THE PREPARATION of teachers in any discipline is a complex enterprise with an array of stakeholders serving as gatekeepers. In the May Kappan, Sam Wineburg focused his analysis of the preparation of social studies teachers on the curriculum standards of the National Council for the Social Studies (NCSS) and on the teacher preparation standards of the National Council for Accreditation of Teacher Education (NCATE). We find his argument to be incomplete, for we believe that it ignores forces--subtle and not so subtle--that are also a part of this complex enterprise.
The preparation of social studies teachers involves colleges of education and the liberal arts, K-12 schools, state departments of education, social studies/social science professional organizations, and accrediting agencies. These major players are influenced by societal trends; by interest groups; by research in social studies, in the social sciences, and in education; and by society's proclivity for developing programs that are cost-effective, well grounded in research, sufficiently flexible to be implemented in a variety of settings, and capable of satisfying the ever-changing demand for teachers. Moreover, the preparation of social studies teachers is influenced by the ideologies espoused by the various groups involved in this complex enterprise. And these ideologies address questions that educators have struggled with for decades: What is the definition and purpose of social studies? What are effective approaches for implementing social studies education in K-12 schools? How should children and young adults demonstrate their knowledge and competencies in social studies?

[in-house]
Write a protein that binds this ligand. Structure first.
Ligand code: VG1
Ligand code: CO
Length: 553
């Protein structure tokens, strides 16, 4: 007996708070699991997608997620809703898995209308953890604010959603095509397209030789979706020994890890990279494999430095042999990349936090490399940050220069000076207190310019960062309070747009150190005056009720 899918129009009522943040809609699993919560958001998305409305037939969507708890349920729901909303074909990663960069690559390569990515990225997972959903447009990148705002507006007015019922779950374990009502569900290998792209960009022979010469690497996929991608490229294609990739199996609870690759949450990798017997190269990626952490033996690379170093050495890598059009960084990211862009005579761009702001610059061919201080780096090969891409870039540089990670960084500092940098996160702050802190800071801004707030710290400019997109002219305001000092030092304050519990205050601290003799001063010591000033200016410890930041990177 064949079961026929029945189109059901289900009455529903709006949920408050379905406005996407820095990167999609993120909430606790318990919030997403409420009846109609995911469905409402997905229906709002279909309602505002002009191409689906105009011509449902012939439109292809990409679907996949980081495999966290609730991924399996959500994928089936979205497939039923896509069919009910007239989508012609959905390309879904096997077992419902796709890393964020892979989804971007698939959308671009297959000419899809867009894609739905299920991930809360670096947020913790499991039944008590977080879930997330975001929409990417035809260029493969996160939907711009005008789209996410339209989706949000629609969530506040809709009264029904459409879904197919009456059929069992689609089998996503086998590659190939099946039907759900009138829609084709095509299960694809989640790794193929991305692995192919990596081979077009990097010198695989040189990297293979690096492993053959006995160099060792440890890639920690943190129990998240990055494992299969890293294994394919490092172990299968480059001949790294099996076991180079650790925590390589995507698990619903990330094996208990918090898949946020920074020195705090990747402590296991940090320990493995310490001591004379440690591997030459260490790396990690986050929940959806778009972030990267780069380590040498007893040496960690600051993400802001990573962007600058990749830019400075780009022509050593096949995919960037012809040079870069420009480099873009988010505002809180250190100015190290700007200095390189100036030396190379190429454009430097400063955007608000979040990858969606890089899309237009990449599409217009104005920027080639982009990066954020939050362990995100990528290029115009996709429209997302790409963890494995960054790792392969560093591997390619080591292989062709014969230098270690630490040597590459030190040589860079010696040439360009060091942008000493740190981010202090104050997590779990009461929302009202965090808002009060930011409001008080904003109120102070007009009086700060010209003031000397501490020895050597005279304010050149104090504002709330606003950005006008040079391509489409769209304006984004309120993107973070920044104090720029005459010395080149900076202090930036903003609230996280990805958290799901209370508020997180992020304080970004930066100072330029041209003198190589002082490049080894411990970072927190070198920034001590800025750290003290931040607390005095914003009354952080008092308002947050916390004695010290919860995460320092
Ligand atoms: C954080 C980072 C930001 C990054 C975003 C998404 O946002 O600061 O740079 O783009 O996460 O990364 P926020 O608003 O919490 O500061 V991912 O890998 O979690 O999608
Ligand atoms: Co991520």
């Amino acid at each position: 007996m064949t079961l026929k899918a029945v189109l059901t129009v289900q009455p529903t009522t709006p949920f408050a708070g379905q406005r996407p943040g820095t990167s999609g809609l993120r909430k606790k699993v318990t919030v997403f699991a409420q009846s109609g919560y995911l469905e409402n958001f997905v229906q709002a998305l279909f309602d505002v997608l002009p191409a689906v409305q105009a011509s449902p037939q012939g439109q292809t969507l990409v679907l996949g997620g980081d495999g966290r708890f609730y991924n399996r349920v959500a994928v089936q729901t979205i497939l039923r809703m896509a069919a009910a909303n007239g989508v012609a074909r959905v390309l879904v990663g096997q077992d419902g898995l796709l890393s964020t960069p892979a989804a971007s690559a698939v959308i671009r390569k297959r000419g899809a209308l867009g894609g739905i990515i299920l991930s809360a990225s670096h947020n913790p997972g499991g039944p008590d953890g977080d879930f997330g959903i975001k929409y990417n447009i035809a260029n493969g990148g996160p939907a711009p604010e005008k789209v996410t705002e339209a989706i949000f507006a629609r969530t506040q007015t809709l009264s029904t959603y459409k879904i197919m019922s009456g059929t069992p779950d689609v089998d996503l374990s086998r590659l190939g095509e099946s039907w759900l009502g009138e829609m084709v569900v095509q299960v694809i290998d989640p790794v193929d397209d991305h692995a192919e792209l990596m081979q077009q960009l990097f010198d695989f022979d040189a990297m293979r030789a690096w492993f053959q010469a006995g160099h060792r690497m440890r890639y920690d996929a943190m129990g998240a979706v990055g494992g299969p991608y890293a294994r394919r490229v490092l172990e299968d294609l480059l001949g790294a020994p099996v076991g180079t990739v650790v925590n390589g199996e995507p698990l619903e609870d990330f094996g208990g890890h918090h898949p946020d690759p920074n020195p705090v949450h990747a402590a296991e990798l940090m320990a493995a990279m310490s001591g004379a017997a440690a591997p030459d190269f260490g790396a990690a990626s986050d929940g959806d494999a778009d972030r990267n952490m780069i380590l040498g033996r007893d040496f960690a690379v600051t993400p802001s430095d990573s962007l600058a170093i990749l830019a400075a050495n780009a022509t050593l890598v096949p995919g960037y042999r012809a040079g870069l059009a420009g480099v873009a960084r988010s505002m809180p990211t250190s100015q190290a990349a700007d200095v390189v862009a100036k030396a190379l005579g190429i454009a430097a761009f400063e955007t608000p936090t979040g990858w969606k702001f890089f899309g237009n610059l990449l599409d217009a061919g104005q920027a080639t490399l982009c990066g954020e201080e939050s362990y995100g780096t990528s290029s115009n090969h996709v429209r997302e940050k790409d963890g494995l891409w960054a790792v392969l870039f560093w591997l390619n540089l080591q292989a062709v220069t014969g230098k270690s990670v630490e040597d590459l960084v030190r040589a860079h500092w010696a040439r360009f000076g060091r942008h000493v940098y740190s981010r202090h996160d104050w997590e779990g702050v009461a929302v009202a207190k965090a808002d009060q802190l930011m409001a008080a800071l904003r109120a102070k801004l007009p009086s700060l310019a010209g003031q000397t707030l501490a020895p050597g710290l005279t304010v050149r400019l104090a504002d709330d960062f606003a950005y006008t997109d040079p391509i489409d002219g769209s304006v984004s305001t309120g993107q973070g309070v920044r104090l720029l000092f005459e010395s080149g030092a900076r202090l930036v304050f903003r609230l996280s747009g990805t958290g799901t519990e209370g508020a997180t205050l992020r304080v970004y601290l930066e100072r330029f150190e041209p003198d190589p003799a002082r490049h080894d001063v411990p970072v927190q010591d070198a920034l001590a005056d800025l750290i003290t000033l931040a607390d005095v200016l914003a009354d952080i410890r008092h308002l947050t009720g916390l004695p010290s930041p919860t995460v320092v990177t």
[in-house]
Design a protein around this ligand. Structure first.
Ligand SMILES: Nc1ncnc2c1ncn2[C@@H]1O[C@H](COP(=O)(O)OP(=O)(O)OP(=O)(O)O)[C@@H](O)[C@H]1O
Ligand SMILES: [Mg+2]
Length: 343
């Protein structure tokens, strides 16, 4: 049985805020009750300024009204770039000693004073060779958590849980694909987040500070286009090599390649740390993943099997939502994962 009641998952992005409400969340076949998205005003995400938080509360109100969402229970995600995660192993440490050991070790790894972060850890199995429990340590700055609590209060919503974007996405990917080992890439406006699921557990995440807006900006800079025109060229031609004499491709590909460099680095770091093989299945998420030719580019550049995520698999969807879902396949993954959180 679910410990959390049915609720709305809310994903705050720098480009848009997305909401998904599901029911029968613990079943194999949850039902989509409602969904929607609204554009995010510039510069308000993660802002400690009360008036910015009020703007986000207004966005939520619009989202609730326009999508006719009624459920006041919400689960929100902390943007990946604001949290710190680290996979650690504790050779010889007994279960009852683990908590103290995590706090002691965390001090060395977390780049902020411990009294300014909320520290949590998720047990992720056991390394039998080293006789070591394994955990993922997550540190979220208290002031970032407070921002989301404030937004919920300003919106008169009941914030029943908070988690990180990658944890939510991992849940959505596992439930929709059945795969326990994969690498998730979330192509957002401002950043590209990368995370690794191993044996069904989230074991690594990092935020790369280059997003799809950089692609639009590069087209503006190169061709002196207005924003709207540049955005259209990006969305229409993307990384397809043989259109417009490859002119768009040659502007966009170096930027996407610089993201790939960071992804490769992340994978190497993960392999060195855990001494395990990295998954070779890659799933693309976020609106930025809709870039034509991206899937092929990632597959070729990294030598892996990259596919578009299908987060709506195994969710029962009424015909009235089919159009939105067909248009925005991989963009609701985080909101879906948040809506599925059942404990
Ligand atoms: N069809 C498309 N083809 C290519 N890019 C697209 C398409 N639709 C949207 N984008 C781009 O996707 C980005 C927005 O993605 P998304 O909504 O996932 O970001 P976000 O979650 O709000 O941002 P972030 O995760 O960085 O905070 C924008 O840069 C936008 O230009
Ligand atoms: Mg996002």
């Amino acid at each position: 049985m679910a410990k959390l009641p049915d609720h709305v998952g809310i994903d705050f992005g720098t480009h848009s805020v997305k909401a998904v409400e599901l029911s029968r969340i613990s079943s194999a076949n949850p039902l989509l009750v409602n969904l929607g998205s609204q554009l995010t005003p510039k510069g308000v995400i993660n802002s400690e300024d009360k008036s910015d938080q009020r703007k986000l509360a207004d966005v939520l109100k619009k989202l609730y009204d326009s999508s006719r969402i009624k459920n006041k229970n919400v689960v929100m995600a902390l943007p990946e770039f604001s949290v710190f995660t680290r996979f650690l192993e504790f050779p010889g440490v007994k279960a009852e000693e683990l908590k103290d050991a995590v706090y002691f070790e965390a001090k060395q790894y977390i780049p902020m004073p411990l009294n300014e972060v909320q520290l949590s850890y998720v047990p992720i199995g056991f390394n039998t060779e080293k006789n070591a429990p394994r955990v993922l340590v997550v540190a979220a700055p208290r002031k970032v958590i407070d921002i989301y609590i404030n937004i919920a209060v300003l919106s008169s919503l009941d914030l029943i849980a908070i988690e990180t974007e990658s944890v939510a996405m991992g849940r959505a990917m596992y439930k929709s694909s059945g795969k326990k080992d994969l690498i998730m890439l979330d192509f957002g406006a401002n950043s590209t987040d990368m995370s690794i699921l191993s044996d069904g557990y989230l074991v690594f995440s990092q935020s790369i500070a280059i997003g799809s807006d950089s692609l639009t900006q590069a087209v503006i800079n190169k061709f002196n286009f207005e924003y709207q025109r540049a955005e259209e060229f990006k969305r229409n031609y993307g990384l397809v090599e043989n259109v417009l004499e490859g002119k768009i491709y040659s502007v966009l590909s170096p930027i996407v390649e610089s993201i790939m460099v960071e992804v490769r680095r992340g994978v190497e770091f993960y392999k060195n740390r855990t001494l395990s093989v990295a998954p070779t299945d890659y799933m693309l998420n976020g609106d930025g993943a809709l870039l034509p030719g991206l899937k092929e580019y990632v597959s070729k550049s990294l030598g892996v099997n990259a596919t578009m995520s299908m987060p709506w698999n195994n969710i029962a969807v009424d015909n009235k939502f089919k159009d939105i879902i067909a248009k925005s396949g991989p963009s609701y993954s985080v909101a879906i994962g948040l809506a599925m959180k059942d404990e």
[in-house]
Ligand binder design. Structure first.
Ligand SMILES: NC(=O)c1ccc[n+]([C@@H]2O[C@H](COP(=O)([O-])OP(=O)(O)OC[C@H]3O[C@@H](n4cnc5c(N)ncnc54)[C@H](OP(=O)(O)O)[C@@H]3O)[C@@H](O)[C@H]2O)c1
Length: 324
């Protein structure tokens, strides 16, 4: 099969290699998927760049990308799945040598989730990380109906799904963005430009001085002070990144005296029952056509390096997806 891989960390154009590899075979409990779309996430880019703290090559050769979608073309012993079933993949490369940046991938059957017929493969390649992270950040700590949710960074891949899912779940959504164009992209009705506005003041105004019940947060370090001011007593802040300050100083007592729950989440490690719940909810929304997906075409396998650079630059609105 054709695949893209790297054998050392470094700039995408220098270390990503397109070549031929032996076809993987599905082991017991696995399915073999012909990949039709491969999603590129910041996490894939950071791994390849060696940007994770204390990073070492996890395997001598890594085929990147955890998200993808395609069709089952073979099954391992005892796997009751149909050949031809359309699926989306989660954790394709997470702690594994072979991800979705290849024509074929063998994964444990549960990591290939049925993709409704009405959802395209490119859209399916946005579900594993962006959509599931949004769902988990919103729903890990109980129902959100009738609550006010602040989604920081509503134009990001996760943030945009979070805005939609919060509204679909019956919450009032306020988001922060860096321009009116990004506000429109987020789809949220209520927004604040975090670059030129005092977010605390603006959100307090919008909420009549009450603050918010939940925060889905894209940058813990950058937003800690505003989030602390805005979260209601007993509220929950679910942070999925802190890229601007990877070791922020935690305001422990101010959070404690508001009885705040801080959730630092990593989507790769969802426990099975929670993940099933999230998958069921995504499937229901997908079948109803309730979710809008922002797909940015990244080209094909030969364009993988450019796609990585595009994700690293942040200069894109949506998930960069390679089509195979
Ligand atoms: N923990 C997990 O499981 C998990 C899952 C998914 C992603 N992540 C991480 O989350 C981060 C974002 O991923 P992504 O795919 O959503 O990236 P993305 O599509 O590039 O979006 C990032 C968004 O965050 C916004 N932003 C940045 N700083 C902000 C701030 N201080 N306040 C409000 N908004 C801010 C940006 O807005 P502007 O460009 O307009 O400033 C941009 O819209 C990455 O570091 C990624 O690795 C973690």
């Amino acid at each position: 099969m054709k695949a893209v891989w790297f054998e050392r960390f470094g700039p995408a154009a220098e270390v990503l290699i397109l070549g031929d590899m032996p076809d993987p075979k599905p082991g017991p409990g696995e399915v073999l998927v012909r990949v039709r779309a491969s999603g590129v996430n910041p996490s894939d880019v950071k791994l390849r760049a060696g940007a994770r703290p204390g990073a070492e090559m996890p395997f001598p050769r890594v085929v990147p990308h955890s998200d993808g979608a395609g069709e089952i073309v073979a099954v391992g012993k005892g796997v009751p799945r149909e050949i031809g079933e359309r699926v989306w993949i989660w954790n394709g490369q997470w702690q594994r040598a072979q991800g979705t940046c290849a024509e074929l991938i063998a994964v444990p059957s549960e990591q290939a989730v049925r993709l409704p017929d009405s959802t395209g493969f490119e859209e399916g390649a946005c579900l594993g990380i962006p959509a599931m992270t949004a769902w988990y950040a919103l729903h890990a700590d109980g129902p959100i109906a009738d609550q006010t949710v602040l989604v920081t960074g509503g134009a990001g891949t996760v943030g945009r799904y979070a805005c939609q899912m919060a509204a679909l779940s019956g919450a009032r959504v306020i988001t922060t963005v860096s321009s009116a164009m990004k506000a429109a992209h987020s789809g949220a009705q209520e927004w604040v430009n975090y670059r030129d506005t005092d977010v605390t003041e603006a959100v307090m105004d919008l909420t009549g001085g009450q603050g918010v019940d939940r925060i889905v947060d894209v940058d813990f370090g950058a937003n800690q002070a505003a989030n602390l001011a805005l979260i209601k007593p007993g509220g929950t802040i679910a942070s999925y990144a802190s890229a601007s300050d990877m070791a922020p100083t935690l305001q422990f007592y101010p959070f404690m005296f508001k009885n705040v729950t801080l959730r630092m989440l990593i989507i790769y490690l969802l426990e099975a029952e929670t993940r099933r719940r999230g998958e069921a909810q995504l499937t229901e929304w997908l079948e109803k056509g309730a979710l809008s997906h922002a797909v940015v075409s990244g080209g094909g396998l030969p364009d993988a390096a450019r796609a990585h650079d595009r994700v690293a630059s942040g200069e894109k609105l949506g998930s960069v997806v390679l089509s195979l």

Despite all of this complexity, we must still ask the important question: What educational experiences will lead to the effective preparation of K-12 social studies teachers? Focusing on the NCSS curriculum standards and the NCATE teacher preparation standards, as Wineburg does, does not take account of all parts of this complex enterprise. So what do the NCSS/NCATE standards have to say about the preparation of social studies teachers, and what impact can they have on that preparation?
Let us reflect on the second question first and consider, as an example, the relationship between professional education programs and the liberal arts. Education faculty members are not solely responsible for the preparation of teachers. Indeed, if we hope for social studies teachers to be more literate in their content fields, we must look to the social science faculties at our colleges and universities to help us meet that need. However, relations between liberal arts faculty members and education faculty members are often distant, and collaboration and communication are not common. Faculty members in the social sciences are often not rewarded for expending energy on teacher education. That is not why they earned Ph.D.s in history or political science, nor is it why they were hired as professors. Furthermore, it is often the case that courses offered in history and the social sciences do little to facilitate an understanding of literacy in those disciplines. Rather than thinking like historians and political scientists, undergraduate majors in social science disciplines spend much of their time learning information.
Not surprisingly, many of the questions Wineburg raises are rarely dealt with in courses in the disciplines. However, the NCATE/NCSS teacher preparation standards have promoted initiatives to improve communication between faculty members in the arts and sciences and their peers in education. In order for programs preparing social studies teachers to demonstrate that their teacher candidates have acquired the necessary knowledge and skills to teach social studies, education faculty members must collaborate with faculty members in history and the social sciences. In short, dialogue about the appropriate skills and knowledge for teachers of social studies, which has been promoted by the NCATE/NCSS teacher preparation standards, has fostered cross-disciplinary cooperation. …